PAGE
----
As the sky grew black, we left the comfort of ancient Suzhen and prepared to return to the "modern" part of town and the train station, about 20 minutes away by cab. Li hailed a motorized rickshaw, negotiated a price (about $3 USD) and we hopped in back. It was a ride to be remembered...
The dude was insane, turning off the main road to a back route and speeding down ricketty sidewalks, narrowly missing bodies walking and riding by, then across war-torn dirt road intersections with a chaos of crossing vehicles. Finally, we carved through what appeared to be a construction zone for a huge new freeway being built (apparently with human elbow grease and very little mechanized labor). The rickshaw slammed across muddy trenches and unfilled gaps in the road as work trucks occasionally passed us horns blaring.
All Li and I could do was laugh nervously. I could tell even he thought this ride was crazy by local standards.
Finally, we lurched to a stop at the station. I haven't been so happy to arrive somewhere in a long time... The adventure didn't end as we were soon walking across the full length of the promenade by darkness, a littered mess of rickshaws, bicycles, disembarking buses, beggars, hucksters and freaks -- and no street lights.
That's what I found more than anything else about this part of the world: the incessantly chaotic moving about of humans, lacking the order of sidewalks, lights and roadways. It is like plopping thousands of people into a city block that is being demolished, then fencing them in and instructing everyone to hurry in every direction.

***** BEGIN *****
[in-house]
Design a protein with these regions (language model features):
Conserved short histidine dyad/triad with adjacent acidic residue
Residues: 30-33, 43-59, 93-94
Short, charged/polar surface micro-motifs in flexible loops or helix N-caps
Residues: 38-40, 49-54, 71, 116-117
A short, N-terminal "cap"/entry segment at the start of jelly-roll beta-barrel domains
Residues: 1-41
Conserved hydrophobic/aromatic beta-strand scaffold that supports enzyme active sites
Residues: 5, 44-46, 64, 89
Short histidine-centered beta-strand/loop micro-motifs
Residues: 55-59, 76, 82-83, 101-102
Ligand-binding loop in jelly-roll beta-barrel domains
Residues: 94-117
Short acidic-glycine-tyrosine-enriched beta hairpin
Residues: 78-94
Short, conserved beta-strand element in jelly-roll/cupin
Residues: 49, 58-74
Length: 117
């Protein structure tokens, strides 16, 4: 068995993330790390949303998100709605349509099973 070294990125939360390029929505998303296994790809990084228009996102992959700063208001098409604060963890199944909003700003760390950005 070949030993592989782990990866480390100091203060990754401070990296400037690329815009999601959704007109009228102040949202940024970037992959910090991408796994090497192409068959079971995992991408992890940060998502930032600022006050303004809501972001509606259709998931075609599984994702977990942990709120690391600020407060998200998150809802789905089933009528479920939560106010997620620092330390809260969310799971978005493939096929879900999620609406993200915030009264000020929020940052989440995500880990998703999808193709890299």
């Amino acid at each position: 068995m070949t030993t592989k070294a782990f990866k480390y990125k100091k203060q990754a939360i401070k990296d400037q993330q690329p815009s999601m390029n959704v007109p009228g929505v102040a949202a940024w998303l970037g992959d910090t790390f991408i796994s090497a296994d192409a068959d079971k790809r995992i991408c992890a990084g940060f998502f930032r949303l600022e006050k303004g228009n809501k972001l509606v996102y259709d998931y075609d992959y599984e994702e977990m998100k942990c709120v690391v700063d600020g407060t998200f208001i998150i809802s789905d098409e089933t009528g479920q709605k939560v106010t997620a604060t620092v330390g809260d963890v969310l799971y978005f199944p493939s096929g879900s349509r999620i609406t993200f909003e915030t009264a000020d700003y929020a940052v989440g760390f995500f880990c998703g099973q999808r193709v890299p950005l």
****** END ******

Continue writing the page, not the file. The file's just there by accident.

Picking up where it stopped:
Li said he would help me buy a ticket back to Shanghai (the good train, new train, which was the "bullet train" of China). There wasn't a bona fide ticket office and I started to feel very uneasy as we walked through the darkness to a hastily lit shed off to the side, almost in a trench. As I had for the past few hours, I put my trust in Li as he disappeared around the corner of the makeshift hut.
Other people were hurrying in and out of this hut coming from the darkness outside and emerging quickly from the dim yellow light of the hut. It was here that the tragic end of my trip flashed before my eyes. It really did. It was one of those moments where about anything could happen and it wouldn't surprise you. It could have been a tent full of dead people with five guys waiting with guns and knives. Maybe a spread of illegally poached wildlife spread out on it, bloody and hideous. Maybe I've just seen too many movies...
It was just the side stage for the official ticket window. The way I gathered it, a brother of the bureaucrat who ran the Sizhou train station got handed a few hundred tickets for every train that day and then sold them out of his tent -- which is really what this was.
A haggardly cat ate vittles in the corner of the tent as two henchman haggled with people over prices -- Li asked me to hand him 31 RMB -- about four bucks -- and handed me back a ticket for the next express train back to Shanghai.
Escape from Shanghai.